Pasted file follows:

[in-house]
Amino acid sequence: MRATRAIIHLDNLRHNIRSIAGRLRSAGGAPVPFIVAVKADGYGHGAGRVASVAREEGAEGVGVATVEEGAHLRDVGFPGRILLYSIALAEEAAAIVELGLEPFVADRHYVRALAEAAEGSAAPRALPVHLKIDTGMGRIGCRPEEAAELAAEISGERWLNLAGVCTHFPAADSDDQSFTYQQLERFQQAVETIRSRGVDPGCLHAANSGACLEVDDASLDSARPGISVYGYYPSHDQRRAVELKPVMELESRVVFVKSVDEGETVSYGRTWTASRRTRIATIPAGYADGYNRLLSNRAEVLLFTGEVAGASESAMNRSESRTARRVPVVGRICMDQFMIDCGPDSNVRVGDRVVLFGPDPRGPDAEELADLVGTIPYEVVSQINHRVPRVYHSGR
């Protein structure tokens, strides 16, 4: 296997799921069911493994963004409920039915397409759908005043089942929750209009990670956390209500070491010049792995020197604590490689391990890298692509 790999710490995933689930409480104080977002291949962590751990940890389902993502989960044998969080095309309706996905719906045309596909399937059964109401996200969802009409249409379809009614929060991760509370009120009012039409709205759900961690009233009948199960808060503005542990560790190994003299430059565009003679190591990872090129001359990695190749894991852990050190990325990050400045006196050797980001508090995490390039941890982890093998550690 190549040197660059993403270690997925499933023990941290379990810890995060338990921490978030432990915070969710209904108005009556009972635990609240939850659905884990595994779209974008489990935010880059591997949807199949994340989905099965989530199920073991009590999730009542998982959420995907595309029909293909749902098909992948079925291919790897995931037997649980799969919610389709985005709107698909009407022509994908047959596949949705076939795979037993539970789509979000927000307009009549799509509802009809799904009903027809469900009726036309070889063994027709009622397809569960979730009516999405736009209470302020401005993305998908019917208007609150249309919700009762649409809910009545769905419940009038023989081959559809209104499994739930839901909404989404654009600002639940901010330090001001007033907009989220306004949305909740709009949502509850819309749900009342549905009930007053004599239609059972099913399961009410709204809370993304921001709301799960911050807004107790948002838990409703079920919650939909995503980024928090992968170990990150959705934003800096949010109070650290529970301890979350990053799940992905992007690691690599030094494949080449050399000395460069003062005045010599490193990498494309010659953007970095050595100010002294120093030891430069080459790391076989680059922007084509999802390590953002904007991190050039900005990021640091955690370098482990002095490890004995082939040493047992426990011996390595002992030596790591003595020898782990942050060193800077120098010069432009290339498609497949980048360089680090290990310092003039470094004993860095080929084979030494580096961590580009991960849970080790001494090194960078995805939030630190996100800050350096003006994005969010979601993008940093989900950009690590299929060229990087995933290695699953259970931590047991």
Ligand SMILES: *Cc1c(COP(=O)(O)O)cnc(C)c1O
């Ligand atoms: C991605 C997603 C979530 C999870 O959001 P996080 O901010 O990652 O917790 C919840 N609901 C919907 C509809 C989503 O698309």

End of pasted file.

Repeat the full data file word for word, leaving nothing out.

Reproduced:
[in-house]
Amino acid sequence: MRATRAIIHLDNLRHNIRSIAGRLRSAGGAPVPFIVAVKADGYGHGAGRVASVAREEGAEGVGVATVEEGAHLRDVGFPGRILLYSIALAEEAAAIVELGLEPFVADRHYVRALAEAAEGSAAPRALPVHLKIDTGMGRIGCRPEEAAELAAEISGERWLNLAGVCTHFPAADSDDQSFTYQQLERFQQAVETIRSRGVDPGCLHAANSGACLEVDDASLDSARPGISVYGYYPSHDQRRAVELKPVMELESRVVFVKSVDEGETVSYGRTWTASRRTRIATIPAGYADGYNRLLSNRAEVLLFTGEVAGASESAMNRSESRTARRVPVVGRICMDQFMIDCGPDSNVRVGDRVVLFGPDPRGPDAEELADLVGTIPYEVVSQINHRVPRVYHSGR
């Protein structure tokens, strides 16, 4: 296997799921069911493994963004409920039915397409759908005043089942929750209009990670956390209500070491010049792995020197604590490689391990890298692509 790999710490995933689930409480104080977002291949962590751990940890389902993502989960044998969080095309309706996905719906045309596909399937059964109401996200969802009409249409379809009614929060991760509370009120009012039409709205759900961690009233009948199960808060503005542990560790190994003299430059565009003679190591990872090129001359990695190749894991852990050190990325990050400045006196050797980001508090995490390039941890982890093998550690 190549040197660059993403270690997925499933023990941290379990810890995060338990921490978030432990915070969710209904108005009556009972635990609240939850659905884990595994779209974008489990935010880059591997949807199949994340989905099965989530199920073991009590999730009542998982959420995907595309029909293909749902098909992948079925291919790897995931037997649980799969919610389709985005709107698909009407022509994908047959596949949705076939795979037993539970789509979000927000307009009549799509509802009809799904009903027809469900009726036309070889063994027709009622397809569960979730009516999405736009209470302020401005993305998908019917208007609150249309919700009762649409809910009545769905419940009038023989081959559809209104499994739930839901909404989404654009600002639940901010330090001001007033907009989220306004949305909740709009949502509850819309749900009342549905009930007053004599239609059972099913399961009410709204809370993304921001709301799960911050807004107790948002838990409703079920919650939909995503980024928090992968170990990150959705934003800096949010109070650290529970301890979350990053799940992905992007690691690599030094494949080449050399000395460069003062005045010599490193990498494309010659953007970095050595100010002294120093030891430069080459790391076989680059922007084509999802390590953002904007991190050039900005990021640091955690370098482990002095490890004995082939040493047992426990011996390595002992030596790591003595020898782990942050060193800077120098010069432009290339498609497949980048360089680090290990310092003039470094004993860095080929084979030494580096961590580009991960849970080790001494090194960078995805939030630190996100800050350096003006994005969010979601993008940093989900950009690590299929060229990087995933290695699953259970931590047991």
Ligand SMILES: *Cc1c(COP(=O)(O)O)cnc(C)c1O
């Ligand atoms: C991605 C997603 C979530 C999870 O959001 P996080 O901010 O990652 O917790 C919840 N609901 C919907 C509809 C989503 O698309």